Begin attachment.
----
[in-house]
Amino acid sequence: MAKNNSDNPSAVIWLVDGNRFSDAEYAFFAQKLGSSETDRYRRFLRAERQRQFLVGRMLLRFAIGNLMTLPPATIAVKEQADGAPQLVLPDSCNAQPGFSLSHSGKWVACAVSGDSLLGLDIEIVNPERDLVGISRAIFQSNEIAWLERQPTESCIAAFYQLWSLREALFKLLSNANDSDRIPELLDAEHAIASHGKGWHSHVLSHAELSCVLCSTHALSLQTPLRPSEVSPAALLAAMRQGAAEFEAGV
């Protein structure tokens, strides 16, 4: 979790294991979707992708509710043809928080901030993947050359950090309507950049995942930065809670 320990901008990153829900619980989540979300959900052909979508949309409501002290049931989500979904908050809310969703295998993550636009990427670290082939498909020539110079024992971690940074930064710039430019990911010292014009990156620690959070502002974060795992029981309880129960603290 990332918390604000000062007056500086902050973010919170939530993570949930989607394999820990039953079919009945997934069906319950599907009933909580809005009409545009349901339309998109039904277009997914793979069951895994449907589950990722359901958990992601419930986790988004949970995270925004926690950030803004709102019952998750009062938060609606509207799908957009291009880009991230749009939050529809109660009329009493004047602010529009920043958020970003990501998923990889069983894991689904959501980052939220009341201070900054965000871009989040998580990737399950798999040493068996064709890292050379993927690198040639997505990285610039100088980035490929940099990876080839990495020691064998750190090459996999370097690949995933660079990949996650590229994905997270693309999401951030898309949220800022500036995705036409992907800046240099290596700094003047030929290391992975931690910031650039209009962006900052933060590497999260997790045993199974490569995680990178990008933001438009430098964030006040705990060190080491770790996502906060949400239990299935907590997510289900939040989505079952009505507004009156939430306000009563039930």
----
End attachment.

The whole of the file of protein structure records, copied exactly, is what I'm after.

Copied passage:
[in-house]
Amino acid sequence: MAKNNSDNPSAVIWLVDGNRFSDAEYAFFAQKLGSSETDRYRRFLRAERQRQFLVGRMLLRFAIGNLMTLPPATIAVKEQADGAPQLVLPDSCNAQPGFSLSHSGKWVACAVSGDSLLGLDIEIVNPERDLVGISRAIFQSNEIAWLERQPTESCIAAFYQLWSLREALFKLLSNANDSDRIPELLDAEHAIASHGKGWHSHVLSHAELSCVLCSTHALSLQTPLRPSEVSPAALLAAMRQGAAEFEAGV
């Protein structure tokens, strides 16, 4: 979790294991979707992708509710043809928080901030993947050359950090309507950049995942930065809670 320990901008990153829900619980989540979300959900052909979508949309409501002290049931989500979904908050809310969703295998993550636009990427670290082939498909020539110079024992971690940074930064710039430019990911010292014009990156620690959070502002974060795992029981309880129960603290 990332918390604000000062007056500086902050973010919170939530993570949930989607394999820990039953079919009945997934069906319950599907009933909580809005009409545009349901339309998109039904277009997914793979069951895994449907589950990722359901958990992601419930986790988004949970995270925004926690950030803004709102019952998750009062938060609606509207799908957009291009880009991230749009939050529809109660009329009493004047602010529009920043958020970003990501998923990889069983894991689904959501980052939220009341201070900054965000871009989040998580990737399950798999040493068996064709890292050379993927690198040639997505990285610039100088980035490929940099990876080839990495020691064998750190090459996999370097690949995933660079990949996650590229994905997270693309999401951030898309949220800022500036995705036409992907800046240099290596700094003047030929290391992975931690910031650039209009962006900052933060590497999260997790045993199974490569995680990178990008933001438009430098964030006040705990060190080491770790996502906060949400239990299935907590997510289900939040989505079952009505507004009156939430306000009563039930």